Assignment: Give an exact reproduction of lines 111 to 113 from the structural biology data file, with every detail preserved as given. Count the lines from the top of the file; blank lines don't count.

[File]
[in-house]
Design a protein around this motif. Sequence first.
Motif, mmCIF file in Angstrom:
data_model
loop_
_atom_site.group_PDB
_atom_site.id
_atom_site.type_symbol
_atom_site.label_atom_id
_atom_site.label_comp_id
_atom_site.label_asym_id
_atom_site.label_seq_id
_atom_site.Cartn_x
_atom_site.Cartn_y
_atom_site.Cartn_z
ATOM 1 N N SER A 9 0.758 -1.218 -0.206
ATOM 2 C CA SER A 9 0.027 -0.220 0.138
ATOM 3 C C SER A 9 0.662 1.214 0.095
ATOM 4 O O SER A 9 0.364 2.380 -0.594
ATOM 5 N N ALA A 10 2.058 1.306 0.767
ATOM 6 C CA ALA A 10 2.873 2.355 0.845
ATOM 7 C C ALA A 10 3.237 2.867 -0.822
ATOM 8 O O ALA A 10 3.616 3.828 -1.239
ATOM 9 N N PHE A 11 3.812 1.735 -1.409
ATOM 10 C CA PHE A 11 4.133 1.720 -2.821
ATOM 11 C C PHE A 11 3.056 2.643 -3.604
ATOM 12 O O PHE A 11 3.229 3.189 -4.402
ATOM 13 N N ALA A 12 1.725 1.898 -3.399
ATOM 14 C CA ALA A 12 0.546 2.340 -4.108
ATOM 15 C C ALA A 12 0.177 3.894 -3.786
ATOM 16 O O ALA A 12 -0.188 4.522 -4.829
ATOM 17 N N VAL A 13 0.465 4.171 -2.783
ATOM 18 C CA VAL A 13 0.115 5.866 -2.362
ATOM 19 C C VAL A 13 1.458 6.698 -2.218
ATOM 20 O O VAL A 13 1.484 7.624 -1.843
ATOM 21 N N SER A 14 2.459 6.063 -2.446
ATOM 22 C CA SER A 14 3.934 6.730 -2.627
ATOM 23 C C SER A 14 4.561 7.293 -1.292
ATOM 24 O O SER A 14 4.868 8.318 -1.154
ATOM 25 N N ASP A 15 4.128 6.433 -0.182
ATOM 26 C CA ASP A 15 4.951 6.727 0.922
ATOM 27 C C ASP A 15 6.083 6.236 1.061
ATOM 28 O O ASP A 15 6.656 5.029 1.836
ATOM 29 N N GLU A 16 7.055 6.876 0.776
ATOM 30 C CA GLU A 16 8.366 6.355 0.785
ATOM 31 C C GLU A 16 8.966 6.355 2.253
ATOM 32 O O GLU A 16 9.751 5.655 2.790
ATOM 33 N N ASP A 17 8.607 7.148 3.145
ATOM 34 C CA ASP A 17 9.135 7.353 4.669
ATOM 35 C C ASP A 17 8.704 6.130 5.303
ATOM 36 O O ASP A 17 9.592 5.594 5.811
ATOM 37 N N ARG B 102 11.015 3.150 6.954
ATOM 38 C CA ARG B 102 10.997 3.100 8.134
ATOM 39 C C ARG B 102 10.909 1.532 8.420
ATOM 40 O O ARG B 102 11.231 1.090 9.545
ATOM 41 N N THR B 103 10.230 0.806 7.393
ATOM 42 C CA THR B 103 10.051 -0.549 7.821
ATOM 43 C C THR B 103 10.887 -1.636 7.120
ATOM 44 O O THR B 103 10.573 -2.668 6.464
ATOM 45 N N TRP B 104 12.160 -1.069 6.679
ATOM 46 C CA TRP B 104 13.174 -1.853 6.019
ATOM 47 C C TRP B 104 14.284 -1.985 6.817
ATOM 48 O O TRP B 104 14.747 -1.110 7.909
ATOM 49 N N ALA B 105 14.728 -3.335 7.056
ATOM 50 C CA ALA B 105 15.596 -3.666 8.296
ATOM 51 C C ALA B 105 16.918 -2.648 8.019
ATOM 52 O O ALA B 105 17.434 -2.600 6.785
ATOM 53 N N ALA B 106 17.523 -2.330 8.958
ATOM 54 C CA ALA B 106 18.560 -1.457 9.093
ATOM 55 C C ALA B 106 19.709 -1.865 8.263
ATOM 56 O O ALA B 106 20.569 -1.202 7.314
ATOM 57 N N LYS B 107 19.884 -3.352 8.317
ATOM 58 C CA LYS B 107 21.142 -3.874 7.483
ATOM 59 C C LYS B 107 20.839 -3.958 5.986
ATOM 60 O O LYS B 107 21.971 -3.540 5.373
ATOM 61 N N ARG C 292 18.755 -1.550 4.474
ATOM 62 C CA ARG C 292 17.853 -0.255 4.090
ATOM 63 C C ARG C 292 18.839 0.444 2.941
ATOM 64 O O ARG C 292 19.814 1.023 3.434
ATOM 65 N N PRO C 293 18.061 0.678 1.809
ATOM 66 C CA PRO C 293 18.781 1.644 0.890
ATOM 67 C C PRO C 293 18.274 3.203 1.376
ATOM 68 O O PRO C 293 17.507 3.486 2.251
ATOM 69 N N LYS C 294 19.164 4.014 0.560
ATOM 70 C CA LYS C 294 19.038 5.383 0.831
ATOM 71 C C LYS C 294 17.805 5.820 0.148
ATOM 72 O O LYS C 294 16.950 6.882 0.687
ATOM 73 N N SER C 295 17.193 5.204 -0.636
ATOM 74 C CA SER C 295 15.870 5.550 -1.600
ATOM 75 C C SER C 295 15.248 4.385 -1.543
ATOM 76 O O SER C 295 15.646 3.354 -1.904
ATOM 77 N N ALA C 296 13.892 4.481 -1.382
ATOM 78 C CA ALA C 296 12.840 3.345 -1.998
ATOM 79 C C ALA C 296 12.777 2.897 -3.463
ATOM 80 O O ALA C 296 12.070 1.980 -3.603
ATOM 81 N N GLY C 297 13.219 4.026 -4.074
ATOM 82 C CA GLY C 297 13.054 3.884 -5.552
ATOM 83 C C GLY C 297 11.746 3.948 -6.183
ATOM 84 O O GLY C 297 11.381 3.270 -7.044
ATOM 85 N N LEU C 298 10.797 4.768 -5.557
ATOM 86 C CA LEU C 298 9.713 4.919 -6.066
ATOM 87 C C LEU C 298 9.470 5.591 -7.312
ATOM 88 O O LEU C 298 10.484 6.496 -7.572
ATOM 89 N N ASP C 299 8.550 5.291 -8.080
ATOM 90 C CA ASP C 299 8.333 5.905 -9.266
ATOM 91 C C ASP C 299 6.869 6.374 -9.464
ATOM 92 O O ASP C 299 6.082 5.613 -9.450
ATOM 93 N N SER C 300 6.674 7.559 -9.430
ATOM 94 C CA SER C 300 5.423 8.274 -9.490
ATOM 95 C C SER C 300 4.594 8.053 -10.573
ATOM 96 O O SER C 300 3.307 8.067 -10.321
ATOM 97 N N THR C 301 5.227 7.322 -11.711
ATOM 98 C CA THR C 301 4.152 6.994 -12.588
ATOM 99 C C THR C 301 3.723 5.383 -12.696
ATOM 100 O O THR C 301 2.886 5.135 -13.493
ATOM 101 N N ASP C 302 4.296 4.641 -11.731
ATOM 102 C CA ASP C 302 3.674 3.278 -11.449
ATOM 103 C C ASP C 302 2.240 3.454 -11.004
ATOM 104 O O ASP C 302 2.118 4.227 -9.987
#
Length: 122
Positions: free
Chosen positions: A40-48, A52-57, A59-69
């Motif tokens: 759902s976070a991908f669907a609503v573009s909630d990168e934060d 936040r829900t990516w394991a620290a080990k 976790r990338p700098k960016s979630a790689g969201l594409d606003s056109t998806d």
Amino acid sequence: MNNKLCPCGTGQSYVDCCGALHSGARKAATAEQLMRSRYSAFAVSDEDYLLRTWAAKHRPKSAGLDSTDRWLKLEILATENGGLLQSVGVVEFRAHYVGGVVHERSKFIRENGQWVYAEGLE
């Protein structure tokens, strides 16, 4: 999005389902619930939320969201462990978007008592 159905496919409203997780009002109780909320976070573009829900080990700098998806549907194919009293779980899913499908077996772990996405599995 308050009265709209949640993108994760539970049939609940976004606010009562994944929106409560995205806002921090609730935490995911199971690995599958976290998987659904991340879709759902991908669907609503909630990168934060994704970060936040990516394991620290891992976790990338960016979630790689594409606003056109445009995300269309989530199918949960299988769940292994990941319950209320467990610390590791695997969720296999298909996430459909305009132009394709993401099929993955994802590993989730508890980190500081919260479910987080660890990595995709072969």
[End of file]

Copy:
ATOM 96 O O SER C 300 3.307 8.067 -10.321
ATOM 97 N N THR C 301 5.227 7.322 -11.711
ATOM 98 C CA THR C 301 4.152 6.994 -12.588